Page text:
But this rich variety of forms is only one side of the coin; At the same time, we have increasing resource shortages, which limit the arbitrariness of industrial material transformations. It is now becoming apparent that the material transformation has to start again, transforming new materials in order to be able to bring them into production - a new relevance of proto-industries and recycling. Substitution processes are necessary in research, development and production. Suddenly, what historically seemed to have merged into a game of arbitrary manifolds, becomes a new field of requirement for industry: that it has to regenerate its materials, which it productively transforms ("ecological challenge"). The historical development of industry as an extension of its transformative potential becomes a requirement at the limit of the availability of resources to produce the materials in the first place, which they could continue to transform - up to the conversion to new materials and forces of energy production. Let us only remind you of the concern about the shortage of rare earths, the important components of "modern electronics".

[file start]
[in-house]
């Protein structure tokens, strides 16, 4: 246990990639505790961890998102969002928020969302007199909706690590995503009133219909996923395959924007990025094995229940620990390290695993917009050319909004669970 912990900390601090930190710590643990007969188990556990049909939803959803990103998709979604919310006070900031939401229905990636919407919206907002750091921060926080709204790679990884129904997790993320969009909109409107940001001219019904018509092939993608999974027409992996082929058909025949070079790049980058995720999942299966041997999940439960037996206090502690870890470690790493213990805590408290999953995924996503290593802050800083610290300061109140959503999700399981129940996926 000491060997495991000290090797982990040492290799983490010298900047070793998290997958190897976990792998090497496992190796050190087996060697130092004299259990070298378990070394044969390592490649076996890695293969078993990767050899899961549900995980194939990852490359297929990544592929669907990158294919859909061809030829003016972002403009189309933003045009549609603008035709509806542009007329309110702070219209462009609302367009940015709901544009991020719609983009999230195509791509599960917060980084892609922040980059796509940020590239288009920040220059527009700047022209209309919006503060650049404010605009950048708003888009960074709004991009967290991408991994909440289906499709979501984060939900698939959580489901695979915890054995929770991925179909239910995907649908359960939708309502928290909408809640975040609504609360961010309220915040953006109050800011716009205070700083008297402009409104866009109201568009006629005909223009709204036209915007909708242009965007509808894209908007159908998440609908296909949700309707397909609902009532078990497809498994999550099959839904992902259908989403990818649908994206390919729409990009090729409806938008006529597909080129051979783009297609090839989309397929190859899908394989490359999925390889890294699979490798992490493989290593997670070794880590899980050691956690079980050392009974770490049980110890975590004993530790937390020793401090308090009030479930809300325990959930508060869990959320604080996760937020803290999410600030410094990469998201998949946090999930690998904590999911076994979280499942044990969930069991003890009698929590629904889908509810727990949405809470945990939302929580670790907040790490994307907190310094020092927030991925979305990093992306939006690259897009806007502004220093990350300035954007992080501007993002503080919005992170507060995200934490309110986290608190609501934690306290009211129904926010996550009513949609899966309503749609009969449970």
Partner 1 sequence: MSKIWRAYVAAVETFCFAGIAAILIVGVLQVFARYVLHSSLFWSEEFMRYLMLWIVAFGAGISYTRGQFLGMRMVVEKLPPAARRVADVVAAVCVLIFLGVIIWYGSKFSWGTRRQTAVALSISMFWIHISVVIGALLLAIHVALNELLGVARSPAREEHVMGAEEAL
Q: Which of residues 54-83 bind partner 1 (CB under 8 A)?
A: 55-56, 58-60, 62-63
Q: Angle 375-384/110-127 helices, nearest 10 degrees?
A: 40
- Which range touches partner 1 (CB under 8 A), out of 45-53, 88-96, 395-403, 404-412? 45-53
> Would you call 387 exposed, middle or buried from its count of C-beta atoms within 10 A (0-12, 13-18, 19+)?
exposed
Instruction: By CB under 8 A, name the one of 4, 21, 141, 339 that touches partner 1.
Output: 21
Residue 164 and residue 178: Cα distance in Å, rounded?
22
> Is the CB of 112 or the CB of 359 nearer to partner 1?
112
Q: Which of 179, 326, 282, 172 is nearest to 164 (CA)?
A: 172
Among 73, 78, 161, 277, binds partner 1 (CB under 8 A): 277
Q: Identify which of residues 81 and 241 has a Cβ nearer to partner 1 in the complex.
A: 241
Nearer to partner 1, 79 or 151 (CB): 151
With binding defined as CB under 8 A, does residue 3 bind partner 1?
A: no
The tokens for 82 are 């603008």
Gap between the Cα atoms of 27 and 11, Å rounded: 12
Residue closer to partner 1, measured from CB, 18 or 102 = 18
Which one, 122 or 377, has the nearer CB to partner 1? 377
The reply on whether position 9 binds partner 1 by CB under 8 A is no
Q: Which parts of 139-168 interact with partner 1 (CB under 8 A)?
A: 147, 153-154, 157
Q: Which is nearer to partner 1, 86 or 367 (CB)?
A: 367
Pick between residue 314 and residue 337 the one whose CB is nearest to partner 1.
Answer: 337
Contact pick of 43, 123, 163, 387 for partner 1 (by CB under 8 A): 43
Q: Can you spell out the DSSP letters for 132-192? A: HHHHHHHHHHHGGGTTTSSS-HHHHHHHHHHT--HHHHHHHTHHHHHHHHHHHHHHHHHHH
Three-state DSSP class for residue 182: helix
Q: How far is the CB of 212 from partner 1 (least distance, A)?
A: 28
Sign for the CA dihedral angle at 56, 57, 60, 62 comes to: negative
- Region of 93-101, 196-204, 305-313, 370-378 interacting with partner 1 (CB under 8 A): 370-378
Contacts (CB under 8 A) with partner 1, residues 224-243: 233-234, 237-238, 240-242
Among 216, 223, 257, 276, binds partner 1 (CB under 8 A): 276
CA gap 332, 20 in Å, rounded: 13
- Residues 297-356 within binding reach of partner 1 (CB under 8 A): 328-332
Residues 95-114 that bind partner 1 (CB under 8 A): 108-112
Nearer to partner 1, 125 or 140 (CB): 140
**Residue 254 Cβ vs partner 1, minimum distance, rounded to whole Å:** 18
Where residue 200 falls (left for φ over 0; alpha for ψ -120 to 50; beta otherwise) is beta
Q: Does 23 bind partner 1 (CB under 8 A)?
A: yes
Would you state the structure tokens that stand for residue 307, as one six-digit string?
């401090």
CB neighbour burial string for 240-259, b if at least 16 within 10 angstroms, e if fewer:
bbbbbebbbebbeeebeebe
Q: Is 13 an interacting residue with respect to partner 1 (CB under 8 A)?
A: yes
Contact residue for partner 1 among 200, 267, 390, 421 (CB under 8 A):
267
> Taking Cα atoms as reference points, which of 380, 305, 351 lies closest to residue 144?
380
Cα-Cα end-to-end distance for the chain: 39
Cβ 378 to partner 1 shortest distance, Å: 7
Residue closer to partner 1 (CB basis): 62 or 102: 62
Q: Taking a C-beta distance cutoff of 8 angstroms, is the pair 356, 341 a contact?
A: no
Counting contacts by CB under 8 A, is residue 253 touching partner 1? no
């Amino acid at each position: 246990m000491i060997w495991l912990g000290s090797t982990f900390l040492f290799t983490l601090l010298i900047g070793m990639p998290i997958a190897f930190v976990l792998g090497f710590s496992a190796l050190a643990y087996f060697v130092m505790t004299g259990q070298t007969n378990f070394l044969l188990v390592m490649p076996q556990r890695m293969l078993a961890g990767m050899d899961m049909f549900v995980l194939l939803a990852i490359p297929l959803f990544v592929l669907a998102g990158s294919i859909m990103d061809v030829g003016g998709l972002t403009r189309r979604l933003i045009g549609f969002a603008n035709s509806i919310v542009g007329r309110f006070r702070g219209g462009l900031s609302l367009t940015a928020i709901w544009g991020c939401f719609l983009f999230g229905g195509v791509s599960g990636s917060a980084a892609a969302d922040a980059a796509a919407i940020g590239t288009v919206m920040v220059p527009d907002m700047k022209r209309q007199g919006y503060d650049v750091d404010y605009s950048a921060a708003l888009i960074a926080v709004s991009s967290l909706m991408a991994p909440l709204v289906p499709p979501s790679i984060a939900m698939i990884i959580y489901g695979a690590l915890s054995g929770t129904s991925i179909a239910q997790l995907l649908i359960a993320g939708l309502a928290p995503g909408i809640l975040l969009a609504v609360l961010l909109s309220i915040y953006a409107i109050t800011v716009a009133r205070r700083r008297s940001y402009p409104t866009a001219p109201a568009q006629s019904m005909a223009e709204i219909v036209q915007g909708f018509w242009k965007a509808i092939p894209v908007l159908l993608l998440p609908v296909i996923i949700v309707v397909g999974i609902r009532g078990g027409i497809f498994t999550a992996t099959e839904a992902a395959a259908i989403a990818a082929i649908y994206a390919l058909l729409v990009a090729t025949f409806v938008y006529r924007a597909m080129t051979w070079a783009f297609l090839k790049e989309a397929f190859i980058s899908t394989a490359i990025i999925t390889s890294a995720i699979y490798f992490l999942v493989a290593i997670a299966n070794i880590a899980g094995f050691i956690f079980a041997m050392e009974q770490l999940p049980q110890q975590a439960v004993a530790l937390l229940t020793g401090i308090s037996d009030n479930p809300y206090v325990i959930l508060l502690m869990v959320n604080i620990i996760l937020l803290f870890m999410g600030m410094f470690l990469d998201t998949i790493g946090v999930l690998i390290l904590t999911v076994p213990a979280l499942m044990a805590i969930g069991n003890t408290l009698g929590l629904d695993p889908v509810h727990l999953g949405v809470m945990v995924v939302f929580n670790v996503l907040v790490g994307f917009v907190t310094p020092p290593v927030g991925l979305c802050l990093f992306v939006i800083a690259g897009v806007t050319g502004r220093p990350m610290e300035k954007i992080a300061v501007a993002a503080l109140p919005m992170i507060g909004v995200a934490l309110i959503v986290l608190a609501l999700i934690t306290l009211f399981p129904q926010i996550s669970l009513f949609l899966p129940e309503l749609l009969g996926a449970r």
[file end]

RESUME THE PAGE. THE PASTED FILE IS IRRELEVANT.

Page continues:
The part of the industry that operated the extraction of materials (proto-industry) in order to leave them to production, becomes itself a manufacturing industry (recycling or manufacturing of new materials, which will require the conversion of the productions of classic industry, e.g. from steel to Carbon fibers in the automotive industry or, as part of the energy transition, from uranium to wind and sun etc.). Here we experience the emergence of new industries that would be inconceivable without knowledge input. In other words, we invent new materials, which are then implemented industrially, in such a way that their transformability is already conceived in the construction of the materials (with regard to the further use of existing technologies, with regard to their recyclability and as a driver of the invention of new technologies - in addition to their ecological degradability and recyclability). Research not only generates new technologies, but also new materials, the form of which already contains the disposition of new productions. We are currently expanding - in this dimension - the production process from the transformation of matter to the production of matter. This type of industry will grow.